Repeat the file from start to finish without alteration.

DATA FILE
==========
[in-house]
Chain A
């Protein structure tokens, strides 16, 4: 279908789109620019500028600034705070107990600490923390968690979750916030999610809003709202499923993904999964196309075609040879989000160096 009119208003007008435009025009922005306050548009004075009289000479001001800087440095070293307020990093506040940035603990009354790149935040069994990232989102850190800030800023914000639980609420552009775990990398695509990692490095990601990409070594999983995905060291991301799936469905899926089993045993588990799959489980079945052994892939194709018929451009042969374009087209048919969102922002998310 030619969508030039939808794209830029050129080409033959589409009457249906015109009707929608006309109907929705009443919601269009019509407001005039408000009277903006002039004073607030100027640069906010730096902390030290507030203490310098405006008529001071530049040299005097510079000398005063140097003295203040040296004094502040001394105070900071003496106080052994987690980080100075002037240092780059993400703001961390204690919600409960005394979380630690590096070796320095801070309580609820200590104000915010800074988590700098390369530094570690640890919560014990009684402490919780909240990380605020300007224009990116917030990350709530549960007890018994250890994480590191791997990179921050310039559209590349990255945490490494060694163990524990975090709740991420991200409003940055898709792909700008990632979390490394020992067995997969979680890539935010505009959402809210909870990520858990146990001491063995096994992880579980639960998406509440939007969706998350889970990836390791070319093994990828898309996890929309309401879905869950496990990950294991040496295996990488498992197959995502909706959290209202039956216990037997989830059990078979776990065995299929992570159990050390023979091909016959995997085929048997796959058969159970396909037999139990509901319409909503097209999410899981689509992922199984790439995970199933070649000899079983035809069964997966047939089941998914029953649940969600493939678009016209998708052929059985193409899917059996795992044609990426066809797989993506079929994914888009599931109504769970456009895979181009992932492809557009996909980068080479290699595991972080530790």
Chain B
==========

[in-house]
Chain A
């Protein structure tokens, strides 16, 4: 279908789109620019500028600034705070107990600490923390968690979750916030999610809003709202499923993904999964196309075609040879989000160096 009119208003007008435009025009922005306050548009004075009289000479001001800087440095070293307020990093506040940035603990009354790149935040069994990232989102850190800030800023914000639980609420552009775990990398695509990692490095990601990409070594999983995905060291991301799936469905899926089993045993588990799959489980079945052994892939194709018929451009042969374009087209048919969102922002998310 030619969508030039939808794209830029050129080409033959589409009457249906015109009707929608006309109907929705009443919601269009019509407001005039408000009277903006002039004073607030100027640069906010730096902390030290507030203490310098405006008529001071530049040299005097510079000398005063140097003295203040040296004094502040001394105070900071003496106080052994987690980080100075002037240092780059993400703001961390204690919600409960005394979380630690590096070796320095801070309580609820200590104000915010800074988590700098390369530094570690640890919560014990009684402490919780909240990380605020300007224009990116917030990350709530549960007890018994250890994480590191791997990179921050310039559209590349990255945490490494060694163990524990975090709740991420991200409003940055898709792909700008990632979390490394020992067995997969979680890539935010505009959402809210909870990520858990146990001491063995096994992880579980639960998406509440939007969706998350889970990836390791070319093994990828898309996890929309309401879905869950496990990950294991040496295996990488498992197959995502909706959290209202039956216990037997989830059990078979776990065995299929992570159990050390023979091909016959995997085929048997796959058969159970396909037999139990509901319409909503097209999410899981689509992922199984790439995970199933070649000899079983035809069964997966047939089941998914029953649940969600493939678009016209998708052929059985193409899917059996795992044609990426066809797989993506079929994914888009599931109504769970456009895979181009992932492809557009996909980068080479290699595991972080530790």
Chain B